Powerful winds, drenching rain and towering storm surges make hurricanes not only some of the planet’s most violent storms, but also the “costliest natural disasters in the United States,” researchers reported in 2019 in the journal PNAS (opens in new tab). Ranking the most damaging hurricanes, however, depends on the measure used: usually, financial cost or lives lost.
By economic accounting, 2005’s Hurricane Katrina usually tops the list (though models adjusting for economic growth place a 1926 Miami storm first). Meanwhile, the deadliest hurricane struck the Caribbean in 1780, causing more than 22,000 deaths, Eric Jay Dolin, author of “A Furious Sky: The Five-Hundred-Year History of America’s Hurricanes (opens in new tab)” (2020, Liveright), told Live Science. (By definition, a “hurricane” is a tropical cyclone in the Atlantic or Eastern Pacific oceans, while other parts of the world call these storms typhoons or cyclones — some of which have been deadlier.)
Katrina was “the most expensive hurricane of all time,” causing about $125 billion in damage when it devastated New Orleans and other Gulf Coast areas, Jay Dolin said.
That cost exceeded $186 billion in 2022 dollars, according to the National Oceanic and Atmospheric Administration (opens in new tab) (NOAA), a tally that dwarfs the $54 billion in expected yearly losses from all hurricanes, according to a 2019 U.S. Congressional Budget Office (opens in new tab) estimate. Katrina’s losses swallowed 1% of the U.S. gross domestic product (GDP), or the total value of goods produced and services provided by a country in one year, according to the PNAS study.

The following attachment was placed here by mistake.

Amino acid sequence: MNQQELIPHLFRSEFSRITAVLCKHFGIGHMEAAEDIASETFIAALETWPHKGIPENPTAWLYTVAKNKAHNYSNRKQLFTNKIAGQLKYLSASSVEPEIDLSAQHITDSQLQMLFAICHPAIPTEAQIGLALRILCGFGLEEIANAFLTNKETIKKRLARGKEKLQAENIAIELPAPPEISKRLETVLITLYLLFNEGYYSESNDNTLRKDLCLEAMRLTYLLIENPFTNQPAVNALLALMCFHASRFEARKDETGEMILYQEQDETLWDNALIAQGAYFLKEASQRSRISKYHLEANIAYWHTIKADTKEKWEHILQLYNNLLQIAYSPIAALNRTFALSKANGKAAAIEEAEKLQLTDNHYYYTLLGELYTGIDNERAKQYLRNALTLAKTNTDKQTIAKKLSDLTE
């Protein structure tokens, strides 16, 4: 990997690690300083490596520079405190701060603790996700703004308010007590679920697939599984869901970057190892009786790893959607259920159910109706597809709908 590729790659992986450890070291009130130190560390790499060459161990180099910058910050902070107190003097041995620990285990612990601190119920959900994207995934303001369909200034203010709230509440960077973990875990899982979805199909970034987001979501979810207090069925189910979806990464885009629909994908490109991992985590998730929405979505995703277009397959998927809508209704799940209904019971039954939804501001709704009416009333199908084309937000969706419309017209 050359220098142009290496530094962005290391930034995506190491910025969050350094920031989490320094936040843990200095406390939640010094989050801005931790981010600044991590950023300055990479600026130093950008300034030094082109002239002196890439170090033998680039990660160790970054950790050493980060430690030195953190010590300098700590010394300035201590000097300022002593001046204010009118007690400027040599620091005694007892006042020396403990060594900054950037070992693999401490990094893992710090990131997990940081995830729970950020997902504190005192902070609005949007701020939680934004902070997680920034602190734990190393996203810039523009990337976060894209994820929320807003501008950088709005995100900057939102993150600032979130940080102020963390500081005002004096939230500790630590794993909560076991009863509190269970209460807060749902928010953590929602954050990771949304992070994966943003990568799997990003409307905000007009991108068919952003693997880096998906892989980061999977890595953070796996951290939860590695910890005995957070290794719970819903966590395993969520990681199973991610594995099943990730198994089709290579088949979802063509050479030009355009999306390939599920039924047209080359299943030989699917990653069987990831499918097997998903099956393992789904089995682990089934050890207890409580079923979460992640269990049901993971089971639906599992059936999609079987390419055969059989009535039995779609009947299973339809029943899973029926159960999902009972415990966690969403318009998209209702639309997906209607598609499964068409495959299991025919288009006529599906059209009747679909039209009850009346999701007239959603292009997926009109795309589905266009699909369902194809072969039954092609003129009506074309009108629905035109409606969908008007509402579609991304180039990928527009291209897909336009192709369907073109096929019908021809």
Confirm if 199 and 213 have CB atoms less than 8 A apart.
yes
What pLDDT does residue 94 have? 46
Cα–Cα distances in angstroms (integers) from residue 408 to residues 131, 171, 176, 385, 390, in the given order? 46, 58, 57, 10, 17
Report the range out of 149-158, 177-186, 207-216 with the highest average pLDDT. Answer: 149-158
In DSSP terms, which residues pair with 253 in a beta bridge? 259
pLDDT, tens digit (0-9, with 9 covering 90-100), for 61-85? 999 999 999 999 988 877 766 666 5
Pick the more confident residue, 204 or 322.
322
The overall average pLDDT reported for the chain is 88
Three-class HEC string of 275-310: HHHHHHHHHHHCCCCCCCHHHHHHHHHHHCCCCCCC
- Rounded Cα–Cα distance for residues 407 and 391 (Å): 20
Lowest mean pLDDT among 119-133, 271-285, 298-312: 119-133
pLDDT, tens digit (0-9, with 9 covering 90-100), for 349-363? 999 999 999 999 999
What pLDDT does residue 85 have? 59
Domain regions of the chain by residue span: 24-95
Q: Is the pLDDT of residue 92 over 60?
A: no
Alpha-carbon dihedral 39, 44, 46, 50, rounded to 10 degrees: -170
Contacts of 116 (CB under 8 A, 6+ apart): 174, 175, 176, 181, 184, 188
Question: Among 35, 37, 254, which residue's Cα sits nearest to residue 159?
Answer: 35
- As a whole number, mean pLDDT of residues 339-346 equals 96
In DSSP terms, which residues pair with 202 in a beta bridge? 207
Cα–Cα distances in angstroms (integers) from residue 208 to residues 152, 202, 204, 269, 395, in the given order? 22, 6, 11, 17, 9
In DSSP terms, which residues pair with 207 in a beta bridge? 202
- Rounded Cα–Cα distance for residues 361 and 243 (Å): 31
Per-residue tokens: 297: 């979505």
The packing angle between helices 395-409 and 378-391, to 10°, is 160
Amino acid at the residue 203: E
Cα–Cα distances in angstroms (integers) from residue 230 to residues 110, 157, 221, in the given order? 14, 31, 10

Katrina’s devastation came primarily from storm surge — a temporary rise in ocean level that can flood coastal areas. During that storm, surges of 10 to 28 feet (3 to 9 meters) overwhelmed regions along the Gulf Coast, breaching levees in New Orleans.
The next most costly hurricane was 2017’s Hurricane Harvey, which caused $149 billion of damage (in 2022 dollars), mostly due to “rainfall that produced widespread flooding across southeast Texas, including Houston,” John Nielsen-Gammon, a professor of atmospheric sciences at Texas A&M University, told Live Science.
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Those two storms top the…